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If you’re a mom or dad juggling the various expenses that come with raising your children, it might be hard to imagine passing on monthly infusions of cash. However, there’s more than meets the eye to the new Advance Child Tax Credit (ACTC) program. While the first round of payments is slated to go out to parents and guardians later this month, there’s still time to determine whether participating in the program makes sense for you and, if not, take the necessary steps to opt out of future installments. 

Let’s take a closer look at what the ACTC is and see if it’s the right fit for you. 

What is the Advance Child Tax Credit? 

Included in the American Rescue Jobs Plan passed earlier this year, the ACTC is a monthly advance payment from the IRS that is 50 percent of the estimated amount of Child Tax Credit you’d receive when you file your 2021 tax return. The first batch is slated to go out on July 15, allowing families who need the cash now to avoid waiting until next year when they file their return. Additional payments will be distributed on August 13, September 15, October 15, November 15 and December 15. 

For tax year 2021, families claiming it will receive: 

  • Up to $3,000 per qualifying child who are between the ages of 6 and 17 
  • Up to $3,600 per qualifying child who are under age 6  

The remaining half of the Child Tax Credit will be claimed on your 2021 tax return, while the maximum credit available to you depends on the amount of income you report. If the IRS has processed your 2020 tax return or 2019 tax return, your monthly payments start this month and run through the end of 2021.  

Should I unenroll from the Advance Child Tax Credit? 

You might be thinking that it makes a lot of sense to go ahead and access that cash now, right? Not necessarily. For instance, you might be in a position where you’d prefer getting a larger refund when you file your return in 2022.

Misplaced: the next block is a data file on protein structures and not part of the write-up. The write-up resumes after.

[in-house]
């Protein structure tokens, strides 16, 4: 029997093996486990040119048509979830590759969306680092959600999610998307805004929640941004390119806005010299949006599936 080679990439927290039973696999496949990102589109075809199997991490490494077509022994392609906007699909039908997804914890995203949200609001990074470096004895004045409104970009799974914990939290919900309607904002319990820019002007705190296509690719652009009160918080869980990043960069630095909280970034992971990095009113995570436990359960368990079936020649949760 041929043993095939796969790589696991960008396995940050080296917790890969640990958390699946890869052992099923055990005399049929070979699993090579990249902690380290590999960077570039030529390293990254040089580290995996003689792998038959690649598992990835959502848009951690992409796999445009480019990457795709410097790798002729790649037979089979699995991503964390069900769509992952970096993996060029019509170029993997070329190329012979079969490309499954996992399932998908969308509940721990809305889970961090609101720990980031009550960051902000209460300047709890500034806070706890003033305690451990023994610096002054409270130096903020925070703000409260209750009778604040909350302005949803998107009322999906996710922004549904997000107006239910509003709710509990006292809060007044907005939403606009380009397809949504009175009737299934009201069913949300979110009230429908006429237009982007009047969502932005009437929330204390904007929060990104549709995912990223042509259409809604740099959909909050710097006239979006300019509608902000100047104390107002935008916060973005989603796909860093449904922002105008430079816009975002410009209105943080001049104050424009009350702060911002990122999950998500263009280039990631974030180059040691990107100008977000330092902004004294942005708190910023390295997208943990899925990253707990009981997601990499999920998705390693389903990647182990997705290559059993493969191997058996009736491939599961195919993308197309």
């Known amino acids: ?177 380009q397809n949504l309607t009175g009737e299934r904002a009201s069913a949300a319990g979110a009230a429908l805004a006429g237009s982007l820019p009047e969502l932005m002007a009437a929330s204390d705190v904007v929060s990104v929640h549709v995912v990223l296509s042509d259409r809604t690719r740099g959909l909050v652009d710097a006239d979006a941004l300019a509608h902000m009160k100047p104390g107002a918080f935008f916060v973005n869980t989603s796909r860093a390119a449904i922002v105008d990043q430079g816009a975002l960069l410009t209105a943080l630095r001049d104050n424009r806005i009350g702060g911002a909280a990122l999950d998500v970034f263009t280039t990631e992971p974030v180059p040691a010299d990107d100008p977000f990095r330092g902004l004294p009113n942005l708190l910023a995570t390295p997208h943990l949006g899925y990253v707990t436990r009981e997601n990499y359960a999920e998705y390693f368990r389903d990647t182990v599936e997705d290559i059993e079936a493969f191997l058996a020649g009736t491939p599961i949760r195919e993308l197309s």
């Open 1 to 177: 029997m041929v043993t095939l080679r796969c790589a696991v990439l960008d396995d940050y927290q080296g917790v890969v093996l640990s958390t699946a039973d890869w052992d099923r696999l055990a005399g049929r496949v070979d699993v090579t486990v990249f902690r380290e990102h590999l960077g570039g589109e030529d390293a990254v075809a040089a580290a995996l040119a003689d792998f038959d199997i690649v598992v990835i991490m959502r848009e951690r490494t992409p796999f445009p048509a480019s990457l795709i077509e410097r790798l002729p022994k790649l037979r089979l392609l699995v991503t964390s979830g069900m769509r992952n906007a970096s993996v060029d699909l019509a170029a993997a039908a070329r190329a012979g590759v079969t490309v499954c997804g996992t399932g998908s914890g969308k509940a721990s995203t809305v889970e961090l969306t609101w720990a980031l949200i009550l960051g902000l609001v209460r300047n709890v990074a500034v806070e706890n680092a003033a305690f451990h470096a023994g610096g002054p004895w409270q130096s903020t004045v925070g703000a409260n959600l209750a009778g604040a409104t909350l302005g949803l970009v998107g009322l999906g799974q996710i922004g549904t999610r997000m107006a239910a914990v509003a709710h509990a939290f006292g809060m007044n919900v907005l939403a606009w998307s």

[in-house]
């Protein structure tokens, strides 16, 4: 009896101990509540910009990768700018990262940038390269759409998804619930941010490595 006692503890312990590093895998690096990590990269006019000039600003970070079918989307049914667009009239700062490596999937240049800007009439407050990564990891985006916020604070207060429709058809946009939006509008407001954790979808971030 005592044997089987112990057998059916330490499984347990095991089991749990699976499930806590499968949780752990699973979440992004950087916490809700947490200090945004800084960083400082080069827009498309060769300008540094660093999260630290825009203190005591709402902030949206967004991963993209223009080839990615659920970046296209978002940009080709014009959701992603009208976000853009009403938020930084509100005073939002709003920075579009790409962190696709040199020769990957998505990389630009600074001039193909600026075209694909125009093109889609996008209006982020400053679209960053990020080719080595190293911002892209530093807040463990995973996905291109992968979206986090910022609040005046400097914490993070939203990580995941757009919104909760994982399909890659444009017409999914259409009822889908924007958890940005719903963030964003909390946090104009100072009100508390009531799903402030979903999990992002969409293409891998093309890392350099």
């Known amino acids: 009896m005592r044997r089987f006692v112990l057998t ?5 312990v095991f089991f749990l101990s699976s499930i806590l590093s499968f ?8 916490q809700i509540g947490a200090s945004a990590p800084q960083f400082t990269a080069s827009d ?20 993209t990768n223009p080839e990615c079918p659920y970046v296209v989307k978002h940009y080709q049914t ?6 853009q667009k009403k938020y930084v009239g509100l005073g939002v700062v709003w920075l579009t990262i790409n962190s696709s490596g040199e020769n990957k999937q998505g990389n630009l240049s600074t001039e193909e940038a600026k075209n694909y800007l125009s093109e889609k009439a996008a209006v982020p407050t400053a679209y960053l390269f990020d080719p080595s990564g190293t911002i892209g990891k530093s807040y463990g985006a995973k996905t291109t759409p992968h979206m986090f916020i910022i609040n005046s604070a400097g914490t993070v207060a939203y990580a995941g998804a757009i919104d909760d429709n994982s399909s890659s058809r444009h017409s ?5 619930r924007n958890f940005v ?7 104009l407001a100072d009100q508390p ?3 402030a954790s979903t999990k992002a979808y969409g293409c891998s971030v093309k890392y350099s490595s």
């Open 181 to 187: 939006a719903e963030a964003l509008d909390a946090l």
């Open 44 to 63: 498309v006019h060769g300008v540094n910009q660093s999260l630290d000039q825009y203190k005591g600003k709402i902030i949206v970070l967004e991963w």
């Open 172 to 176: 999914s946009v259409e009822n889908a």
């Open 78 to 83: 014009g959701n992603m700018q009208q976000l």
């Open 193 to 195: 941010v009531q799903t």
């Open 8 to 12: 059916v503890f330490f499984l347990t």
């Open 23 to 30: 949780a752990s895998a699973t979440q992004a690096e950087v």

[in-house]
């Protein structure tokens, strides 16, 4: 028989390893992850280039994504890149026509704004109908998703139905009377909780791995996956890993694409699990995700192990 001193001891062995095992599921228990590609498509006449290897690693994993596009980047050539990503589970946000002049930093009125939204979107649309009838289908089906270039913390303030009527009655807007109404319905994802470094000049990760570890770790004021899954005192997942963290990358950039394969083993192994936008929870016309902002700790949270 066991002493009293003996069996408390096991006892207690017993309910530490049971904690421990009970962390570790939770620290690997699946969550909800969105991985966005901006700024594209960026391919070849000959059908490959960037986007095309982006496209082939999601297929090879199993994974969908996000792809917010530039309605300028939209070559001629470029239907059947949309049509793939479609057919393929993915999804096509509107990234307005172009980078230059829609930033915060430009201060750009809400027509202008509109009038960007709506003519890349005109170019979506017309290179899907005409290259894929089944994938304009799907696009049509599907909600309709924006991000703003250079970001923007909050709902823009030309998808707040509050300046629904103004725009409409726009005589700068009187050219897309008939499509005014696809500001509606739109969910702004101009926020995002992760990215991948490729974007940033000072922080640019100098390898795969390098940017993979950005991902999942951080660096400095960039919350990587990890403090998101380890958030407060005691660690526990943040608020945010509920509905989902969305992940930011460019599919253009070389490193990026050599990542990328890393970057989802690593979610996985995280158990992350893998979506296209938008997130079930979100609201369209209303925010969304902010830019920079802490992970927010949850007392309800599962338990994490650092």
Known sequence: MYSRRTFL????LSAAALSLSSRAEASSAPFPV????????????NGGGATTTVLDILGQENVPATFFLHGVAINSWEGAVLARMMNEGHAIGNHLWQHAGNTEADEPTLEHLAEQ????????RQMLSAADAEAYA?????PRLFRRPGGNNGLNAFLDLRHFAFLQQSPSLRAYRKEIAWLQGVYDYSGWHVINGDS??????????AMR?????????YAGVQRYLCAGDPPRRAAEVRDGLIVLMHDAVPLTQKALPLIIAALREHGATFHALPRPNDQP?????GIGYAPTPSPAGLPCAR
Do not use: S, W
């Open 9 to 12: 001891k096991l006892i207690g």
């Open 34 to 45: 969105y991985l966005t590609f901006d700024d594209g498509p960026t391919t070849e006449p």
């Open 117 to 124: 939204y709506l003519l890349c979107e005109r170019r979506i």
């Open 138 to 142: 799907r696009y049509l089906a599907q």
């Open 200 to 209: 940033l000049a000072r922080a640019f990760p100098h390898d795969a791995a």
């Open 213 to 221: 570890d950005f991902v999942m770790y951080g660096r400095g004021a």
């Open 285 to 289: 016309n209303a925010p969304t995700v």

While the advance is based on your most recently filed tax return, the final amount will be determined by your 2021 tax return. This means expected or unexpected events that change your tax filing situation could very well disqualify you for the credit.  

For example, you could end up making more money this year, or not be able to claim a child as anticipated. In either of these scenarios, you may have to pay back some or all of those advance payments, and it’s quite possible that an underpayment penalty would apply. So, in either one of those scenarios, it could make more sense to decline the payments. 

How do I unenroll from the Advance Child Tax Credit? 

Even if you’ve missed the first deadline to unenroll, you still can pass on the remaining payments for 2021. You must opt out at least three days before the first Thursday of the month in which the payment is scheduled to be sent to you. It’s important to know, however, that if you’re married and file a joint tax return with your spouse, he or she will need to unenroll as well, or you’ll still receive the partial payment. 

The IRS has set up an online portal system for you and your spouse to: 

  • Check if you’re enrolled to receive advance payments 
  • Unenroll to stop receiving advance payments  
  • Provide or update your bank account information for the advance monthly payments  

In some instances, a photo ID or using the online portal’s facial recognition software may be required to prove your identity when you set up your account. You’ll be able to use the camera on your phone or computer to do so. 

Find an office near you today 

Whether you’re a parent trying to figure out if the Advance Child Tax Credit is right for you or a small business seeking help with a comprehensive tax plan, the trusted network of CPAs, enrolled agents and tax professionals at Padgett can lend a hand. Reach out to an office near you today.